Your colleague doesn’t show up when a big deliverable is due. He is not answering his phone or responding to messages and the entire team needs to scramble to make up for his absence. He claims he was ill, though he has done this a number of times before. He is witty and masterful at manipulating emotions, thus able to maintain his position at the company. We all have our favourite words for these kinds of people. Clinically, this person is not all right and has a personality disorder. Let’s test your people reading skills. Would you say he is (a) paranoid, (b) obsessive compulsive, (c) anti-social or (d) avoidant?
According to the psychiatry classification schemes, he has an anti-social personality disorder. Such people have a tendency toward impulsive behaviour and lawlessness. Most of them may make minor transgressions, while others become all out criminals.
People don’t wake up one day and decide to become this way — genes play a strong role to predispose anti-social behaviour. Unhealthy psychosocial conditions seen in children with conduct disorder make this behaviour even more likely as an adult. The important corollary is that healthy psychosocial conditions could modify genes (yes, we can all change) and redirect someone from growing up into a bad citizen.
As mass demonstrations against corruption engulf the country, what can we do to clean up our society? The answer may surprise you. We can feed our children. Poor nutrition in children under three is associated with anti-social behaviour. This is partly mediated by low IQ levels that come from a weak and poorly fed brain.
The portly corrupt don’t suffer from poor nutrition today (did they as children?), but science has some tricks we could even try on them. Studies have shown that anti-social people have low levels of serotonin, a neurotransmitter that controls mood, sleep and appetite.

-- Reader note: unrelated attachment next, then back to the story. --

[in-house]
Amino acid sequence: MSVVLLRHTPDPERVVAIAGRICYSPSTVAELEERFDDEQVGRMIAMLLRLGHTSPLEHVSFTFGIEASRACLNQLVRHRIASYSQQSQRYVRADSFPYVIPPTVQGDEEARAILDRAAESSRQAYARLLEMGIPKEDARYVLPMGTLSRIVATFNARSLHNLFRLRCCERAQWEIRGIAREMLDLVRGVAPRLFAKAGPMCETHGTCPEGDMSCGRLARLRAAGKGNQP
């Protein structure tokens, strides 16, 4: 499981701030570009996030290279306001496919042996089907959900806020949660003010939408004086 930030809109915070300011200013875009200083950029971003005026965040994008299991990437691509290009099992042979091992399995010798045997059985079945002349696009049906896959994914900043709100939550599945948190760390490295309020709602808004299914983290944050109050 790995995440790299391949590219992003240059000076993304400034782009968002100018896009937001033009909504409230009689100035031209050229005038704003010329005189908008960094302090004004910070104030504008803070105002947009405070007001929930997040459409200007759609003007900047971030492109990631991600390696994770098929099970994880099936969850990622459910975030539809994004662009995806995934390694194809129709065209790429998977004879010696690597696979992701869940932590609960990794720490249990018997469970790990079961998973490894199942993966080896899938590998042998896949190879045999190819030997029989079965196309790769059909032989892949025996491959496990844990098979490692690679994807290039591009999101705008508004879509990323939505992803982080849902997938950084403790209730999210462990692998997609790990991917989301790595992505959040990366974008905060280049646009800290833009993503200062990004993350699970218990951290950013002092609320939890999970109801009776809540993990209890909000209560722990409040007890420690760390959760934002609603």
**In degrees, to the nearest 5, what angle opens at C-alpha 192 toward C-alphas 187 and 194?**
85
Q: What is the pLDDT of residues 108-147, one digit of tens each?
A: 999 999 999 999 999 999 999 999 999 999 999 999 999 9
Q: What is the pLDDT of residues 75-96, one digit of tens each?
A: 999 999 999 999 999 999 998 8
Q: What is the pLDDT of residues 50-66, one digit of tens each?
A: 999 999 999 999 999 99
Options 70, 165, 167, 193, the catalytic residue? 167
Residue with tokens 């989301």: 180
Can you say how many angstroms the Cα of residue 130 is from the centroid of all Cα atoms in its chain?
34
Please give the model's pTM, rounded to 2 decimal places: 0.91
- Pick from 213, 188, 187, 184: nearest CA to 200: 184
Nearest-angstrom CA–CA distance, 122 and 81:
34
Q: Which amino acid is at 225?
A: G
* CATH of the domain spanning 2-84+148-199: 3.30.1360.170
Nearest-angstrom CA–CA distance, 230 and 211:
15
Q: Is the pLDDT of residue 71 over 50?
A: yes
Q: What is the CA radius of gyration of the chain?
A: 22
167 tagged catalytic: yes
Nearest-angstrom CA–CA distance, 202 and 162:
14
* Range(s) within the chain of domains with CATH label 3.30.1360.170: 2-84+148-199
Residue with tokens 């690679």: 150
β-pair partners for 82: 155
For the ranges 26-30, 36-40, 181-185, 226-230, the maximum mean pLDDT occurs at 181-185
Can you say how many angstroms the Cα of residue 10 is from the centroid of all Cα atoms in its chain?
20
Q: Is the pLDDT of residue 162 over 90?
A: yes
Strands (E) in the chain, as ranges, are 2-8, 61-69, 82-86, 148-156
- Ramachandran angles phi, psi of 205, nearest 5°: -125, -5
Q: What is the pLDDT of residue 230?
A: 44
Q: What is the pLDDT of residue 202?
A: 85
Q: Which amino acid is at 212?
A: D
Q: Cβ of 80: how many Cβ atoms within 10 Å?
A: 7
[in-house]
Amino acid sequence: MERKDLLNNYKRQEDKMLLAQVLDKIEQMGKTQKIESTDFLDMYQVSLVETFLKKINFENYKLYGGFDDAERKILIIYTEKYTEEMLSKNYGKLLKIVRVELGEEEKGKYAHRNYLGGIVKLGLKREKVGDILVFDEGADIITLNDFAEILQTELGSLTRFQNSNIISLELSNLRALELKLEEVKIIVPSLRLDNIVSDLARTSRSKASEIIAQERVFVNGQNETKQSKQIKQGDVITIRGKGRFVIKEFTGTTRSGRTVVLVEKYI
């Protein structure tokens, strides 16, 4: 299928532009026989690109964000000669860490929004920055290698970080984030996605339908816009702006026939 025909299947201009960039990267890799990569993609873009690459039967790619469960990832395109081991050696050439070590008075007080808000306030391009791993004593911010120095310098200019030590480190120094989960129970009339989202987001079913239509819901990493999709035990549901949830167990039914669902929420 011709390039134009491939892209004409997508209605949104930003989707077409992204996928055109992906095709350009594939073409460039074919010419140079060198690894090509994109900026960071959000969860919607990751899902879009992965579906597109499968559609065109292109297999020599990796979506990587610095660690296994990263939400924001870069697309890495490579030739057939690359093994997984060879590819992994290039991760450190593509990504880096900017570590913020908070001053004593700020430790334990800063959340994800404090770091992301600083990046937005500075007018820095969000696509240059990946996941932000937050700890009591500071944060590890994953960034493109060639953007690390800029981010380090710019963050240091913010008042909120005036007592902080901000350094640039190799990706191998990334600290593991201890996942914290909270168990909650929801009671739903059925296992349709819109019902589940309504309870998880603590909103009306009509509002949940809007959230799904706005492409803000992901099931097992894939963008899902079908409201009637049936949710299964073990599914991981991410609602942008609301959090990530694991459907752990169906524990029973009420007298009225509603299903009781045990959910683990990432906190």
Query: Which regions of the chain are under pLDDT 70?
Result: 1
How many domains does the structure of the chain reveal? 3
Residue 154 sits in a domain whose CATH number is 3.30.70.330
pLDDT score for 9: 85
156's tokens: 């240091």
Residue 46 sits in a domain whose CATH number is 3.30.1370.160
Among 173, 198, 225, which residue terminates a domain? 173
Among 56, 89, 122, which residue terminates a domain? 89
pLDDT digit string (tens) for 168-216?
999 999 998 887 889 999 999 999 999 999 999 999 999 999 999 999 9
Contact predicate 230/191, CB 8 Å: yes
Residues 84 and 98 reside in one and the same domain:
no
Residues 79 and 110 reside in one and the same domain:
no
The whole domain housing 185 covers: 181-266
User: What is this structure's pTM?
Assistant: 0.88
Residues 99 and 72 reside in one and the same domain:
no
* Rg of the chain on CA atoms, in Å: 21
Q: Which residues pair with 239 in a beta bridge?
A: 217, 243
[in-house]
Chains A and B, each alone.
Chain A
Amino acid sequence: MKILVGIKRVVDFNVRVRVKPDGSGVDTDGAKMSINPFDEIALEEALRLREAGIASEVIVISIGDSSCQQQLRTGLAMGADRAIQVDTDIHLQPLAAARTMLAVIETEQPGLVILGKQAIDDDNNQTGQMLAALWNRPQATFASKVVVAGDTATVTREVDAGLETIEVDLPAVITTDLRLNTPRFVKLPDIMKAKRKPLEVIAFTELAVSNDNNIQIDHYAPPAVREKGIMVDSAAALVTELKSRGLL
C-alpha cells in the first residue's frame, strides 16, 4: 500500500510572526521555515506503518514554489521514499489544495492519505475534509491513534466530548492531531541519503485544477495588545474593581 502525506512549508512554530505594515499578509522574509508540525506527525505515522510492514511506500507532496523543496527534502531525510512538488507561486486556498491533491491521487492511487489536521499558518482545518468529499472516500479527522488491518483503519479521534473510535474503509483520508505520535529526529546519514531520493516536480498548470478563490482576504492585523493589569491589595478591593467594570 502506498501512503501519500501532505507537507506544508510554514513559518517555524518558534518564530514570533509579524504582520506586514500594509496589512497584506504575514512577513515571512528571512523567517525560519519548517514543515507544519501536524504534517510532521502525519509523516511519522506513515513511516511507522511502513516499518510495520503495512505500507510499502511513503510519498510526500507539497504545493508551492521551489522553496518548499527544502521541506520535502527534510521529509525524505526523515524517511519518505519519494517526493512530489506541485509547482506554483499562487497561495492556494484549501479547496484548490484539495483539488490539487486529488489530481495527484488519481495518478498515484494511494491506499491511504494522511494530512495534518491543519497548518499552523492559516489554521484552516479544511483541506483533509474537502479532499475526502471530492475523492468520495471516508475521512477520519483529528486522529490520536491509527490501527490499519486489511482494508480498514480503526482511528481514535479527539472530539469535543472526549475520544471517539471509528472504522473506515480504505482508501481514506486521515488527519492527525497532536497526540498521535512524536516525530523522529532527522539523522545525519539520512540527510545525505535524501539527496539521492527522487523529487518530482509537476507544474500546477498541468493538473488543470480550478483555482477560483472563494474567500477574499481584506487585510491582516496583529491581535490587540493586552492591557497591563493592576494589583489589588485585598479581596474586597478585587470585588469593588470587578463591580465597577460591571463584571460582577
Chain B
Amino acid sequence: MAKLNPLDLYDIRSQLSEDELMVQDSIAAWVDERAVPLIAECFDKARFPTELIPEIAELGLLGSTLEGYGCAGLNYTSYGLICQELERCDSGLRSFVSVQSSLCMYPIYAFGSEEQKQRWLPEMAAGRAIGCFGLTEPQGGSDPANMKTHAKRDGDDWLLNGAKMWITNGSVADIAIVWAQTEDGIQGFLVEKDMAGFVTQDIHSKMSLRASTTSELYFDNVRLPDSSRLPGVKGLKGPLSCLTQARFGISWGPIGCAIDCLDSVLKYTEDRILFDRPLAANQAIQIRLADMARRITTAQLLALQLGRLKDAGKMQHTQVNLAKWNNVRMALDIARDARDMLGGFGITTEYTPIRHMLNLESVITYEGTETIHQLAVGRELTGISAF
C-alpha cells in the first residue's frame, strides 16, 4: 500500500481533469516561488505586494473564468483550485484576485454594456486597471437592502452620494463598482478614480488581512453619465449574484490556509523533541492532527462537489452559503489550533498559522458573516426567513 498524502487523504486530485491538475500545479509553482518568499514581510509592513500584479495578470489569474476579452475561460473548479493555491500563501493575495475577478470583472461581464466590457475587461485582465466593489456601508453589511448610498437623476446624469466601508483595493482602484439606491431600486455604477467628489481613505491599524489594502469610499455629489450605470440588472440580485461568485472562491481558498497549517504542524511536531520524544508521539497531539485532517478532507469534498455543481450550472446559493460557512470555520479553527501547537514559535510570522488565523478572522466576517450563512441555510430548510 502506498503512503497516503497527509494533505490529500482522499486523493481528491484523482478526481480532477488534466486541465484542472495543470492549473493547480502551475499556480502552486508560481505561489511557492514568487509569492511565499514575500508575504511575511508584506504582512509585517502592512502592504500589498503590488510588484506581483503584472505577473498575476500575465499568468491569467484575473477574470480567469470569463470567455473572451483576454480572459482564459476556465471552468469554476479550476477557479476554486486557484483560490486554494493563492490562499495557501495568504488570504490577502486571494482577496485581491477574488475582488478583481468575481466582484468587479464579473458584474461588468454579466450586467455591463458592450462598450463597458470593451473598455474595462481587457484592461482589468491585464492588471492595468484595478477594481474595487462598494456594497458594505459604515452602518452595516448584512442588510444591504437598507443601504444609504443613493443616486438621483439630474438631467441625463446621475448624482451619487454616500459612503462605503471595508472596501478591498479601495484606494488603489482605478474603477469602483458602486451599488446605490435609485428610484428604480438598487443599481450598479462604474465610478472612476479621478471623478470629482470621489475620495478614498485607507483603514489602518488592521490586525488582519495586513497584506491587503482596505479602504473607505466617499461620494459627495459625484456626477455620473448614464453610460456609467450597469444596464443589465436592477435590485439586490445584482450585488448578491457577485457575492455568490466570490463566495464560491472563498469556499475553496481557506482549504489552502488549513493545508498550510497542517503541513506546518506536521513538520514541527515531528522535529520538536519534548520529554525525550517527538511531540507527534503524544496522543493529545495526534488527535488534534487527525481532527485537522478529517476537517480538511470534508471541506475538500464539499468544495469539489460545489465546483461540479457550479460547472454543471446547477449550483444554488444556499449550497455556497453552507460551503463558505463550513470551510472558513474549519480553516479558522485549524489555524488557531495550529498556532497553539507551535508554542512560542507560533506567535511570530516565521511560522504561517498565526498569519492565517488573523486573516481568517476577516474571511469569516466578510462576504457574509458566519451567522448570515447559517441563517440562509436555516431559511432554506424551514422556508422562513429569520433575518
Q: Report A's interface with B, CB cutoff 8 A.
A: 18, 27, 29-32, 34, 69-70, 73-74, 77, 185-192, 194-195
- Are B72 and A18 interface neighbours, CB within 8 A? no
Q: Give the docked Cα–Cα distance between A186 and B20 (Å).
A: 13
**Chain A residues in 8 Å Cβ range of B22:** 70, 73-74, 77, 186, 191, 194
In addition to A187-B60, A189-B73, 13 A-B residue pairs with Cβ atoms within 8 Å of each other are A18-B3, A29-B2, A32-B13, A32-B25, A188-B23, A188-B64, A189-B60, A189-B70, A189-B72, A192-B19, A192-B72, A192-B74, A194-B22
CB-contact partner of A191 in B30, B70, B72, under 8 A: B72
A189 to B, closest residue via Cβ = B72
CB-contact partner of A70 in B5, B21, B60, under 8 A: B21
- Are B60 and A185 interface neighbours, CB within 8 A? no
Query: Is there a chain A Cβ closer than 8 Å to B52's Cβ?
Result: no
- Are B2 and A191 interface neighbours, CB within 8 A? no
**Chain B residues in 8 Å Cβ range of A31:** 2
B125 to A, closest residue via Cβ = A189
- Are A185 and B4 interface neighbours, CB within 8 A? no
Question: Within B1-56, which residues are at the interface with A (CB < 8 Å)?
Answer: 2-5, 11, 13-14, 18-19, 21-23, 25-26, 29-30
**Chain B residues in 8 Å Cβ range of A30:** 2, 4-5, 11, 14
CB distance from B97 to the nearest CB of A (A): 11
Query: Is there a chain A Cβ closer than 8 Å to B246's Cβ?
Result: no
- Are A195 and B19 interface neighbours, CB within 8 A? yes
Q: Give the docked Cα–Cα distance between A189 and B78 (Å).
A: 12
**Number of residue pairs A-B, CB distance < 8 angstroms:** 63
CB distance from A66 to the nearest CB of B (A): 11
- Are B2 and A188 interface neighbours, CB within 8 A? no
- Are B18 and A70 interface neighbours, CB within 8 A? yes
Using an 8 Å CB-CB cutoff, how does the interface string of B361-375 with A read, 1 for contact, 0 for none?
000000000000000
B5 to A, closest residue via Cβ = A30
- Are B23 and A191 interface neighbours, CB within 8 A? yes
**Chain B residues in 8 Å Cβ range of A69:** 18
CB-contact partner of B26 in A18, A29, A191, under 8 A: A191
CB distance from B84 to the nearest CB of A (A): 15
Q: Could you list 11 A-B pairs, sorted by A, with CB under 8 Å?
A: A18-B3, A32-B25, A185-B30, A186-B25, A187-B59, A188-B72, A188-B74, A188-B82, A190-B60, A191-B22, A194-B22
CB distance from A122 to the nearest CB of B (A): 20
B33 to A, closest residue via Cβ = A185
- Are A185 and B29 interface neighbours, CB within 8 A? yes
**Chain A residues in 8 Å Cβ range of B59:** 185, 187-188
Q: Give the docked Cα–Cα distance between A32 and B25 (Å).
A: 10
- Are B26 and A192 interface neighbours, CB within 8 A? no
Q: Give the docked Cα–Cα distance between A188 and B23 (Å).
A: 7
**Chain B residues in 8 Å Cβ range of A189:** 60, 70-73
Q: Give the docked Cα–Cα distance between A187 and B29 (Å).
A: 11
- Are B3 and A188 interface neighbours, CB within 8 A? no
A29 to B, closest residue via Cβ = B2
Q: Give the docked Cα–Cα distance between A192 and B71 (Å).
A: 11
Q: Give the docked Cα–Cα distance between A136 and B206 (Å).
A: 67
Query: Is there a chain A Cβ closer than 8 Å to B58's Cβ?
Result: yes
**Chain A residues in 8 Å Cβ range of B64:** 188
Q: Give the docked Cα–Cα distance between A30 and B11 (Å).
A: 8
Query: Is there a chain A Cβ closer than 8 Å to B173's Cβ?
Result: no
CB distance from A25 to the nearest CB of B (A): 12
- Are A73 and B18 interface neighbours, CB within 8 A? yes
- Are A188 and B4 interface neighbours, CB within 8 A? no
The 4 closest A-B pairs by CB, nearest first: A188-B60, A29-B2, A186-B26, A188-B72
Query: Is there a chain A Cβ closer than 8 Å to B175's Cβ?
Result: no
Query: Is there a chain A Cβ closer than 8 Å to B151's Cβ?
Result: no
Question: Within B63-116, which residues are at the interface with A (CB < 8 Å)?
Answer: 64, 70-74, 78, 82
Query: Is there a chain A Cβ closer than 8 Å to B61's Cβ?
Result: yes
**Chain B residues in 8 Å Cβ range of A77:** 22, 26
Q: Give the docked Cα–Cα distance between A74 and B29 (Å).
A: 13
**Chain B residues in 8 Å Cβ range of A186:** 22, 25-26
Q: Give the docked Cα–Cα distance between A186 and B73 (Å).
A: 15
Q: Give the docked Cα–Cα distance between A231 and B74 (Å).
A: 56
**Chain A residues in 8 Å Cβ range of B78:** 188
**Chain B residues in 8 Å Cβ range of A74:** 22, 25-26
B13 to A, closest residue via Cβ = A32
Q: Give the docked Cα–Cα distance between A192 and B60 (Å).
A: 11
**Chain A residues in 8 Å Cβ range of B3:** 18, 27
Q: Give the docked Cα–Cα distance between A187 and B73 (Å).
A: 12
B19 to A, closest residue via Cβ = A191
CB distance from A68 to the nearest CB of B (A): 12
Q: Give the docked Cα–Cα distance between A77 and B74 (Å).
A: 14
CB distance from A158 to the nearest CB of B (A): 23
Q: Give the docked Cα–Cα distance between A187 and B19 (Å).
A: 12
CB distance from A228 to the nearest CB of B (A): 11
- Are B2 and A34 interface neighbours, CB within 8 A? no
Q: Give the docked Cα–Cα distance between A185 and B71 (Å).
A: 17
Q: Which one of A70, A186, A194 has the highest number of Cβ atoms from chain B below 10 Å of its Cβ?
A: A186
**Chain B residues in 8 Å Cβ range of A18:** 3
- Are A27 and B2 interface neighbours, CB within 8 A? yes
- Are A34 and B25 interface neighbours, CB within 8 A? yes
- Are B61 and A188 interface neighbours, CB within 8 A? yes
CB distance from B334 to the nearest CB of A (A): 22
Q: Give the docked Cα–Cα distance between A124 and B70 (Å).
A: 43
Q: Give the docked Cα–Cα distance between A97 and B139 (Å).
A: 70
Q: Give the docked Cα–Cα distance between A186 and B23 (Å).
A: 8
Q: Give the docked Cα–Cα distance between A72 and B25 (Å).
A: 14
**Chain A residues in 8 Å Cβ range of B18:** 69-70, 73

Studies also show that drugs that increase serotonin levels could make people more pro-social, i.e. show more empathy, guilt and pity.
This is easier to understand through the ultimatum game, a favourite of neuroscientists. Two people play. One (the ‘ proposer’) offers a deal on how a sum of money would be split between the pair. If the other (‘responder’) accepts, they both receive the money. If he rejects the deal, neither receives any money. Clearly, accepting any offer, regardless of how fair it is, benefits the group.
Dr. Molly Crockett of the University of Zurich found that responders who took a serotonin enhancing drug rejected fewer deals, thus acting in a more pro-social way. Her earlier work has shown that depleting serotonin had the opposite outcome.
In the future, we will use new medicines and technologies to improve our lives. But the question is whether we will use these technologies to improve our societies. That would imply we would let society use drugs and devices on us. Ask me and I think it’s much easier to just start feeding our kids.
Dr. Kumar, and our health team, can be contacted at email@example.com